What it really takes to achieve a healthy and balanced work-life in an increasingly connected world.
The good news is there are successful people out there who are not working themselves to the brink of burnout or anxiety.
Burning the candle at both ends, some might say these people have found their flow, having achieved an ideal social-work-life balance. But the reality is, the majority of us find this perfect ratio a delicate juggling act, a somewhat elusive goal. Which realistically begs the question - is there even a perfect ratio of work-life balance, a perfect equilibrium at charge?
At the cost of being labelled a Feminazi, 40 hours a week at work is not the only time when the onus of small yet significant decisions falls on a woman’s shoulders.
If truly put into perspective, and in addition to the work day - a normal day for a woman might also entail booking the next appointment for their dog’s grooming; tomorrow’s dinner menu,; the deadline for sports day application; booking the flight for Easter break; doctors’ appointments and the list doesn’t stop there.
It is no wonder that an article released in 2016 was titled Why Millenial Women Are Burning Out. The article sadly states that the ‘The trend of young women burning out by the age of 30 is very real and unfortunately common.’
One of the suggested reasons for this phenomenon is traced to high expectations that companies place on their employees in always-connected work environments. But it is also largely linked to what I believe is known as the ‘supermum’ phenomenon- which is inextricably tied to the perfectly depicted lives of mothers on social media.
However, despite the pressure to perform in always connected environments, we should give thanks for gone are the days when performance is judged on the time you spend at work and more for the quality of work you put in. More good news.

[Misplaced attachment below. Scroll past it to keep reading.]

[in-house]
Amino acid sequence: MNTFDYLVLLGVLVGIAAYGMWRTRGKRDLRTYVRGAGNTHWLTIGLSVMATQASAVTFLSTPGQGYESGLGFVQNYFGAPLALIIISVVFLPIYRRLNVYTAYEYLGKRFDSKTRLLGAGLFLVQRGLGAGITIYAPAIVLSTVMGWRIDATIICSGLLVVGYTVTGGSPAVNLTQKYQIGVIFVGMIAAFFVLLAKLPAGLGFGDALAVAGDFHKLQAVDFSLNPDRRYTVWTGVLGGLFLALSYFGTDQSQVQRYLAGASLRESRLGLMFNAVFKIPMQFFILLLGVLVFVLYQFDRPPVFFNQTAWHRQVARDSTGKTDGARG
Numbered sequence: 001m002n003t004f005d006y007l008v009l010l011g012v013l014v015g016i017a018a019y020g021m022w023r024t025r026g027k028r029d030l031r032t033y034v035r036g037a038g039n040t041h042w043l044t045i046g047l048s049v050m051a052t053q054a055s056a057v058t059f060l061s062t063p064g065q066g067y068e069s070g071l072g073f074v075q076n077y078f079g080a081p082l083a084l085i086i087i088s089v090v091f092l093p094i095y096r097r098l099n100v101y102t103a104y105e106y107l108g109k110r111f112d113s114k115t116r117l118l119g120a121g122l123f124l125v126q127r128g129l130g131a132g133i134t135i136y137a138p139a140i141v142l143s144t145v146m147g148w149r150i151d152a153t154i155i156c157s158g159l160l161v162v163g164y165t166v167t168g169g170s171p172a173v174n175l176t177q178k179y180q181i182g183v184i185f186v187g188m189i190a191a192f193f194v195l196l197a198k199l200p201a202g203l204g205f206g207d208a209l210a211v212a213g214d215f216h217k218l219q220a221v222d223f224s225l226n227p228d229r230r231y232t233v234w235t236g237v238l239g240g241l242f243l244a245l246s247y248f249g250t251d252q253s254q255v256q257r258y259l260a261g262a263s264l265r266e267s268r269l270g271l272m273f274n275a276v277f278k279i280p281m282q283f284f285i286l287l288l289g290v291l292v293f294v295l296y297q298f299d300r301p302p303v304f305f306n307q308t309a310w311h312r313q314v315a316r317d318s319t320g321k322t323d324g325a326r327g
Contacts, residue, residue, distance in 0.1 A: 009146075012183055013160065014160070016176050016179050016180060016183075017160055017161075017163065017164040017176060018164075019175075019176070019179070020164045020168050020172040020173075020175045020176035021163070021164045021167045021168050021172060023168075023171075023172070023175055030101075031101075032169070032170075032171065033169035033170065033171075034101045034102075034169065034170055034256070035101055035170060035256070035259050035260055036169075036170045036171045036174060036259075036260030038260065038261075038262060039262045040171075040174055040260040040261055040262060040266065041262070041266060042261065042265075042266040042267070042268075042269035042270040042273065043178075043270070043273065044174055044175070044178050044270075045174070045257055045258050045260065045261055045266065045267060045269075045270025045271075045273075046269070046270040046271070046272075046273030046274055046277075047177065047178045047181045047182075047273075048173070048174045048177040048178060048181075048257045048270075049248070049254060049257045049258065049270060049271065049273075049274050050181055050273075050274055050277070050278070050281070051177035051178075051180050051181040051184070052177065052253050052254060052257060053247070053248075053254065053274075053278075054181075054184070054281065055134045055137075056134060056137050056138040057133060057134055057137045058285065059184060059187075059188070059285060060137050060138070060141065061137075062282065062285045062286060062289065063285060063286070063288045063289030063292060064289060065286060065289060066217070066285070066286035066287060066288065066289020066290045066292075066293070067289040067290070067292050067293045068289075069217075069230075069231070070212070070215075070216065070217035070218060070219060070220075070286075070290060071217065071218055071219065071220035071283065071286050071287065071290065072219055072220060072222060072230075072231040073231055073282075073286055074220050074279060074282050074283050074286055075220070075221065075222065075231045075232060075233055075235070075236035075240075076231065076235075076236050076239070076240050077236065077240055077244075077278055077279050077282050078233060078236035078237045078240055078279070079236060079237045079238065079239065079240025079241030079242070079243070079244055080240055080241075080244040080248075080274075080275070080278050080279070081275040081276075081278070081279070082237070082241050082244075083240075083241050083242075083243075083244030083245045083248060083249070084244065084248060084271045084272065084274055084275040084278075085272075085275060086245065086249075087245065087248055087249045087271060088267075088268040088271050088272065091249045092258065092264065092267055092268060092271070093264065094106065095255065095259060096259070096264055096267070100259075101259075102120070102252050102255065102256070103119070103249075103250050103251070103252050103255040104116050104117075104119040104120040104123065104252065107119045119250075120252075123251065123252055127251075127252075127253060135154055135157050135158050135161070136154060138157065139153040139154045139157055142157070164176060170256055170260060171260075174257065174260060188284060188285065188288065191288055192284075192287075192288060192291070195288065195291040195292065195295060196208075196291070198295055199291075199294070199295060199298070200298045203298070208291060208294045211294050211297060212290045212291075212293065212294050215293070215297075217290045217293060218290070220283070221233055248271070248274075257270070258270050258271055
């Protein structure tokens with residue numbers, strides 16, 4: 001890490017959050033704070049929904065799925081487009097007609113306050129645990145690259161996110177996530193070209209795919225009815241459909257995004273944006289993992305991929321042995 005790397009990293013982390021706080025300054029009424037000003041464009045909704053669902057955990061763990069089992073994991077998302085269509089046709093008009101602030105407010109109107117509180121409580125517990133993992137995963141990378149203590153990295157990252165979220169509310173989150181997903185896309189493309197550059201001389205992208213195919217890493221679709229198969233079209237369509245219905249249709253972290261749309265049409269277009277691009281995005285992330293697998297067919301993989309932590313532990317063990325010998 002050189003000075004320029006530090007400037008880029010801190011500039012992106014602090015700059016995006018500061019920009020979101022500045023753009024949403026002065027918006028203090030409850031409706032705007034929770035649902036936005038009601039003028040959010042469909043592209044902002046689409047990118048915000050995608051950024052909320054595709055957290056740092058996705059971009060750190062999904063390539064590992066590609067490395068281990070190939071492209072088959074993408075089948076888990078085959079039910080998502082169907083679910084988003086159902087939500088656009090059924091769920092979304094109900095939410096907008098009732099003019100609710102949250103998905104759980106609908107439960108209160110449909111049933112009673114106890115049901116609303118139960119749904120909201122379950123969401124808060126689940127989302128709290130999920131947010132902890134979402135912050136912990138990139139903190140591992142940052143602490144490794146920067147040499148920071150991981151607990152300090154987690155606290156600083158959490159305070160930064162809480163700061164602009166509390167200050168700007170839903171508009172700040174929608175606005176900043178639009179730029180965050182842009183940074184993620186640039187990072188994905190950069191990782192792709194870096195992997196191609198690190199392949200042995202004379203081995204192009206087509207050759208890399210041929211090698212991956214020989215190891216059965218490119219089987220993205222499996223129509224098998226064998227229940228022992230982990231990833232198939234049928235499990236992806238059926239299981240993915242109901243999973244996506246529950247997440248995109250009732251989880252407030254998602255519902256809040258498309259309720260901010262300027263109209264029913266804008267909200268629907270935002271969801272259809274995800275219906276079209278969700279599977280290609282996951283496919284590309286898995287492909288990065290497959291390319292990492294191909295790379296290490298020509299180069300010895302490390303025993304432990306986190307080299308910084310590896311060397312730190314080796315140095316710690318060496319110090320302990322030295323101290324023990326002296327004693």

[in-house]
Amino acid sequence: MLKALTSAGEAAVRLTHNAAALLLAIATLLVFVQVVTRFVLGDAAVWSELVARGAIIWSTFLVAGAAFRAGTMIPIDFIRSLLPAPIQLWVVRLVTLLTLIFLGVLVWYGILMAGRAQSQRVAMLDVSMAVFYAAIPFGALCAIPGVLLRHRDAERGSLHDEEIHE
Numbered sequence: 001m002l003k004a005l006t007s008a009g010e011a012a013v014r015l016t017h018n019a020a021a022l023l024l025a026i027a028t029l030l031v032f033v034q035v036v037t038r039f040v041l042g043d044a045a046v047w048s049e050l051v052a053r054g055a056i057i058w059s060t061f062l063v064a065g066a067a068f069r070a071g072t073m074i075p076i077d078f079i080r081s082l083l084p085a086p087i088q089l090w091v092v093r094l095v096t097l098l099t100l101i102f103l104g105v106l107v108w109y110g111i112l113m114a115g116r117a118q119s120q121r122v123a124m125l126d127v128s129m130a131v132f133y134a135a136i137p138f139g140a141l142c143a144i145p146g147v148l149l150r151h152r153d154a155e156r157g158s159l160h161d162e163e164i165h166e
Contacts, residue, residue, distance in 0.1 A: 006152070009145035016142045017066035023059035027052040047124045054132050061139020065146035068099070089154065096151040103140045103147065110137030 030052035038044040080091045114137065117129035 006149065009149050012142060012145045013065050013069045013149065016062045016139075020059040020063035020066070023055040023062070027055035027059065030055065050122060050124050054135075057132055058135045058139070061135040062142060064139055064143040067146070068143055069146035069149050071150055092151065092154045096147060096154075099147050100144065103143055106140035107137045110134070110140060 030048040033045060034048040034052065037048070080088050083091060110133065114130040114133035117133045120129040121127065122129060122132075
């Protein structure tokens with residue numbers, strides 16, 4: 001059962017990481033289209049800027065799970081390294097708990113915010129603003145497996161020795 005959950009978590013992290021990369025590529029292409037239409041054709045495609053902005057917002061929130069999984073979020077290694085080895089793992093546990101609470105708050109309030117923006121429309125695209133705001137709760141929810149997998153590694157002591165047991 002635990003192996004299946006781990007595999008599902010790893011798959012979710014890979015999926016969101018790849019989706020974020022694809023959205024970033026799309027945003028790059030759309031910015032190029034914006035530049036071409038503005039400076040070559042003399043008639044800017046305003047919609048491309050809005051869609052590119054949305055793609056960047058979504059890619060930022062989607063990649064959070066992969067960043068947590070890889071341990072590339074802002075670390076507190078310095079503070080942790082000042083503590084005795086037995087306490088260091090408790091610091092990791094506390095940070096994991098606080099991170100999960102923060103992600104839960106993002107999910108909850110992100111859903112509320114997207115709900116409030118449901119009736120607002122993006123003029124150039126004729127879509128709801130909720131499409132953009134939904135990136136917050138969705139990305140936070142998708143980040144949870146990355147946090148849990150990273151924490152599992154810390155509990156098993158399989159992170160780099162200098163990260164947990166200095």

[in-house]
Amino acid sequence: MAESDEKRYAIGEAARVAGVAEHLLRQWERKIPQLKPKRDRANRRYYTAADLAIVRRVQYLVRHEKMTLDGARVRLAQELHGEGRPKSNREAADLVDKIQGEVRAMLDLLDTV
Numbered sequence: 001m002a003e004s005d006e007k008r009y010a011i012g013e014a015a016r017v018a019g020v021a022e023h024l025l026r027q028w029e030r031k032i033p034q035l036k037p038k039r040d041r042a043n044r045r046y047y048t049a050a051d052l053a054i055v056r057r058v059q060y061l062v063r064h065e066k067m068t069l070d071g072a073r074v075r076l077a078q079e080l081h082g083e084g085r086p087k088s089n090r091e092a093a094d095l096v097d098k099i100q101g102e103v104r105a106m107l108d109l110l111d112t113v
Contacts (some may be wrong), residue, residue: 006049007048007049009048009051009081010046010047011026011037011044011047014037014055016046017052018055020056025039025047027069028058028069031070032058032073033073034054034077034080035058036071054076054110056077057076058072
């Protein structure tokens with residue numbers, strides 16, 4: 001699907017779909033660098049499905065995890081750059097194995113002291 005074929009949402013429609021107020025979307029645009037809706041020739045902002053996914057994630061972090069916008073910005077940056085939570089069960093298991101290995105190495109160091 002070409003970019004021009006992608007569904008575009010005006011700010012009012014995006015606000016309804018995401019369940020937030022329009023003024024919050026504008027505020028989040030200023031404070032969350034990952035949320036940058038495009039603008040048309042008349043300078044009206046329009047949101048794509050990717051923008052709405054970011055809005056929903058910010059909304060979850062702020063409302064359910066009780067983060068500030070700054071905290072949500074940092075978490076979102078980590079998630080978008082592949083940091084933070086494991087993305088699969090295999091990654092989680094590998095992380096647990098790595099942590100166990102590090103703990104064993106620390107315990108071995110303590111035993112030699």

With the changing corporate mindset and landscape of connectivity via remote employees - we are increasingly able to structure and recalibrate our own hours and set up our workday to fit our values and priorities.
For example, at VMware, a leader in cloud infrastructure, it is not unusual for employees to take an impromptu gym break or practice dance class moves in between work sessions. Similarly, Ascend HR Corp’s laid-back culture lets employees work from home and schedule their own hours, and get this- and the office even lets their employees bring their pets in.
So, what are the key factors in establishing a balanced work-life and the secret to not just winging your everyday?
This means being unscrupulous about your priorities, doing your important work first, but most importantly setting up a regiment for your non-negotiables. Your non-negotiables may include being a part of important family events, attending your kid's parent-teacher conferences, living up to your spiritual endeavours, or even simply getting regular exercise. Being clear and upfront about non-negotiables can help us structure our lives to make room for the things that matter most, yet without letting others’ down. What is interesting is, when you non-negotiables are well set in place, the better your personal life is, and this leaks into your performance at work. According to the Journal of Cognitive Science, research has shown that people solve insight or creative problems better when in a positive mood (assessed or induced). So, the better your personal life is, the higher your potential to do great work.
Look out for companies or workplaces that encourage eclipsing work-life with family. One such example is a well-renowned co-working space, Treshaus Singapore, set up by a group of forward-thinking and successful mumpreneurs. When interviewing one of the co-founders, the inspiring Elaine Kim, she explained the concept of Treshaus being a space where co-working, connections, and play centre merge- making it not only a mum and dadpreneur friendly community but a place where visions and collaborations are fused. Companies are also catching up on fast to the benefits of work-life integration. One such would be social media giant Facebook, which has allowed its full-time working fathers at its global offices up to four months of paid paternity leave.
While you can't establish a 27-hour day, you can do the next best thing: delegate. By removing less important certain tasks off your plate, you'll free up more time to concentrate on your non-negotiables and enjoy life more. Take note - delegation isn't just for professional tasks. If you can delegate your personal and family responsibilities, you'll provide more opportunities for responsibility for your kids, find more time for leisure activities and new pursuits.
While delegating to your children is a great way to teach them responsibility, the new trend of outsourcing for home-based services is thankfully the thing to do. With a rise in delivery services, such as RedMart Singapore, Ojek in Indonesia, and companies like TaskRabbit, it's easy to hire people to take on the time-consuming day-to-day responsibilities that don't require your expertise.
(Disclaimer: The views and opinions expressed in this article are those of the author and do not necessarily reflect the views of YourStory.)